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Midnight Boom

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Album Review

In the three years between No Wow and Midnight Boom, it sounds like the Kills discovered that having fun is actually much cooler than searching for haughty minimalist rock perfection. While Keep on Your Mean Side and No Wow's sinuous snarls were about as savagely spare and sexy as it's possible to get, their minimalism bordered on monochromatic. Midnight Boom bleeds color, excitement, and emotion into VV and Hotel's music, transforming it into daring, dirty pop that is unrepentantly glamorous and tender, high-end and trashy, and it glitters like diamonds mixed with broken glass. It's even structured like a classic pop album, opening with two bold salvos: "U.R.A. Fever" fashions dial tones, cryptically sexy banter, a foot-stomping, hand-clapping beat, and sneering shards of guitar into a fiercely catchy single. It struts with the best of the Kills' previous work, but opens their sound to many more possibilities. "Cheap and Cheerful" gets even wilder, combining VV's high-maintenance sass with a rhythm forged out of slamming doors and coughing, approximating a collaboration between Joan Jett and Matmos. These songs, and the rest of Midnight Boom, are nearly as minimalist as the Kills' other albums, but the duo plays with sounds much more: spring-loaded guitars and fanciful, detailed beats pop up when least expected, but everything falls into place effortlessly. This may be the Kills' most processed, produced music, but it's some of their roughest and rawest-sounding, too, with "Alphabet Pony" and "Hook and Line" rocking just as hard, and with more conviction, than their earlier work. The Kills also bring more feeling to Midnight Boom, which is just as crucial — and arguably, more daring — to the album's brilliance as is the band's newfound sonic adventurousness. "Getting Down"'s cheeky, hip-shaking, babbling nonsense brings the fun of the Kills' best singles to the fore, as does "Sour Cherry," which makes the hand-jive rhythm sound hip for the first time in half a century (the nasty, buzzing, three-note guitar solo riding it probably helps). VV and Hotel don't save their soft and melodic sides for just a token ballad, as they've done before — although Midnight Boom's big ballad, "Goodnight Bad Morning," comes on like the Velvets' "Sunday Morning" with the force of 40 more years of hangovers and comedowns fuelling it. "Black Balloon" is as epic as it is vulnerable, its slow-building majesty making it a standout. Even the semi-sweet electro rockabilly of "Last Day of Magic" has a yearning that resonates with a surprising depth. Best of all is "What New York Used to Be," a last hurrah that sounds urgent, not nostalgic, although its wall of staticky guitars come into focus like a memory. A list of everything that once was great, it's a song about not being too cool to care, even if it's delivered with a wink. Midnight Boom is the Kills' most consistent, varied, and inventive album yet, and proof that passion and creativity trump cool any day.

Customer Reviews

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This album is excellent. The opener, U.R.A Fever, which is dark and a little weird, is the only song here that tries to bridge the gap between this and No Wow, and despite being one of the album's weakest songs, it does this well. Most of the songs here are the best the Kills have done yet. Cheap and Cheerful, arguably the best song here, is the catchiest song so far this year. Last Day Of Magic has some of the best vocals over a great tune, Sour Cherry is the sort of song that stays in your head all day. Hook And Line and M.E.X.I.C.O. are also brilliant. In other places the kills have tried to stay dark and experimental. At times this works (Tape Song, What New York Used To Be), however elsewhere it doesnt (Getting Down, Alphabet Pony, Black Balloon) and this is where the album falters. All this is wrapped up well it the slower Goodnight Bad Morning. This is easily the Kills' best album to date, and it really deserves a place on your Ipod.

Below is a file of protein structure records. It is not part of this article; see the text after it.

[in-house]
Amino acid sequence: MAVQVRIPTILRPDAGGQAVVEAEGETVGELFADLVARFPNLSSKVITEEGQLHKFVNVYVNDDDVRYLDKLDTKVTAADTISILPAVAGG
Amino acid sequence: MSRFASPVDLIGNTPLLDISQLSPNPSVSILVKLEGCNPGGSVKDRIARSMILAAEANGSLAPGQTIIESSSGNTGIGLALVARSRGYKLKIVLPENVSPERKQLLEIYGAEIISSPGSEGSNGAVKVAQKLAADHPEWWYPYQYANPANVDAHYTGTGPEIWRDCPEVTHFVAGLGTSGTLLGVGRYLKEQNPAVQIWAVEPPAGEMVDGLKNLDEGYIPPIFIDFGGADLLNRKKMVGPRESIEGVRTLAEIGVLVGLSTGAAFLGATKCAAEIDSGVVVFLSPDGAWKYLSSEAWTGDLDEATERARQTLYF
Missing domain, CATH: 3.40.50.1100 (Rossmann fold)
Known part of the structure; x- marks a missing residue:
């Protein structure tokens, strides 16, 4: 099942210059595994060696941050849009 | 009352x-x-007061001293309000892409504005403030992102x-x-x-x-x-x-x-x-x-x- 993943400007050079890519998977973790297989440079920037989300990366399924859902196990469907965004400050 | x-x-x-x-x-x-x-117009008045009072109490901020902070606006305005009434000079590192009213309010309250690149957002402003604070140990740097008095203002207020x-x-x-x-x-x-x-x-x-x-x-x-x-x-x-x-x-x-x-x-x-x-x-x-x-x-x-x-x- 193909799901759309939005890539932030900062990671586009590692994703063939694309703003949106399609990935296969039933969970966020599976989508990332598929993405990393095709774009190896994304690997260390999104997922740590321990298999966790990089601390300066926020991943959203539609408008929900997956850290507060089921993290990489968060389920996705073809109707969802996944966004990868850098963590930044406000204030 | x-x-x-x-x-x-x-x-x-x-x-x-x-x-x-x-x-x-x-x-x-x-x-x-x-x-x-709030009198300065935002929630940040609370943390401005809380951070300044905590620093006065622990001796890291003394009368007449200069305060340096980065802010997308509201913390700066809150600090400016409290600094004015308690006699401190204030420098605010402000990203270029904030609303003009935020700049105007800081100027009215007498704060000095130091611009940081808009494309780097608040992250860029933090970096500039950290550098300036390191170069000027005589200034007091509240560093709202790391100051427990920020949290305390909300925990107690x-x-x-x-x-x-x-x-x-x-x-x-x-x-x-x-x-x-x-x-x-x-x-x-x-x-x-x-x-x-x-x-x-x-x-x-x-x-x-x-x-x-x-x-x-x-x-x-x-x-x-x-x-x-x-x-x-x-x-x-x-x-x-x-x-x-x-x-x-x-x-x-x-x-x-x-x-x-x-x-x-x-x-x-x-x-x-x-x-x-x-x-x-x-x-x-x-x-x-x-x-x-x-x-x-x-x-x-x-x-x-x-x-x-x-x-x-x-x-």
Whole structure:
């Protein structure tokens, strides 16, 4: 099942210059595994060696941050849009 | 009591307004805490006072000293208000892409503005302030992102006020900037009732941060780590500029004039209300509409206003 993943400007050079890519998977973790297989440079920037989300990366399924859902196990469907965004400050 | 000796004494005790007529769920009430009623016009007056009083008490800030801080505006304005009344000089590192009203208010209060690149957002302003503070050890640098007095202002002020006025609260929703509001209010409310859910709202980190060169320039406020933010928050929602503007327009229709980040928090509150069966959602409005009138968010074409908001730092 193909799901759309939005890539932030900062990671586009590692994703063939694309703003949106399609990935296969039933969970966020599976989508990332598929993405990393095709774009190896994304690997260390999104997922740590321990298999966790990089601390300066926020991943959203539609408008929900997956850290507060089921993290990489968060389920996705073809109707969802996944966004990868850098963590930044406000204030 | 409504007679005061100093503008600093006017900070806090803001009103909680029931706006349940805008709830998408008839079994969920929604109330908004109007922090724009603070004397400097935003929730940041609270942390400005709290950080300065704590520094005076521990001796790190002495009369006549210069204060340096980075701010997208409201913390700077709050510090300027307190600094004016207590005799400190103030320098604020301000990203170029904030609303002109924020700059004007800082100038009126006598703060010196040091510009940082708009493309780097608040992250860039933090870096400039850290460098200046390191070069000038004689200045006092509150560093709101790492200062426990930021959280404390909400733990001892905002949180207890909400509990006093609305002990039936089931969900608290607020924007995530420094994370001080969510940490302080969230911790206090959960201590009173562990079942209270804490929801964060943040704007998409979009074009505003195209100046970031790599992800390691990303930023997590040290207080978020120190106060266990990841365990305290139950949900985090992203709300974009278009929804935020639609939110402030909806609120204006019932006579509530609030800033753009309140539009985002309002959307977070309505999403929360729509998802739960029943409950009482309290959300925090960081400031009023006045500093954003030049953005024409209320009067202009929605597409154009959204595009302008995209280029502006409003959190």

Amazing, but disappointing live!

I bought this on the back of Cheap and Cheerful and fell in love with The Kills. Had never heard of them before but if their first album is more like URA Fever then I'm glad I hadn't because it's just atrocious noise. Rest of the album though is wicked. Went to see them at Manchester Academy and they were rubbish. No communication with the audience. Looked like two smack rats falling around the stage. We left way before the end as they had played all their good tracks mid set. Brilliant album, disappointing gig.

Very Good

i hadnt really heard the kills but after hearing Cheap and Cheerful, i decided to listen to the rest of the album. I really like the track Last Day of Magic, its one of my favourite songs on my ipod, such a good listen. I also like Getting Down although the repitition of the wierd Uh Uh Uh Uh uhhhhh sound puts me off a bit. I love cheap and cheerful, its a really fun, upbeat track, that and last day of magic are highlights of this album for me.


Formed: 1998 in London, England

Genre: Alternative

Years Active: '00s, '10s

The bluesy punk duo the Kills consist of vocalist/guitarist VV, aka Alison Mosshart, formerly of the Florida punk band Discount, and drummer/guitarist/vocalist Hotel, aka Jamie Hince. After Discount ended in 2000, VV began exchanging tapes with the London-based Hotel through the mail, but both of them felt hindered by this method, so VV crossed the Atlantic so the duo could write faster. In spring of 2001, they issued a self-released demo that showcased their gritty, sexy sound and earned favorable...
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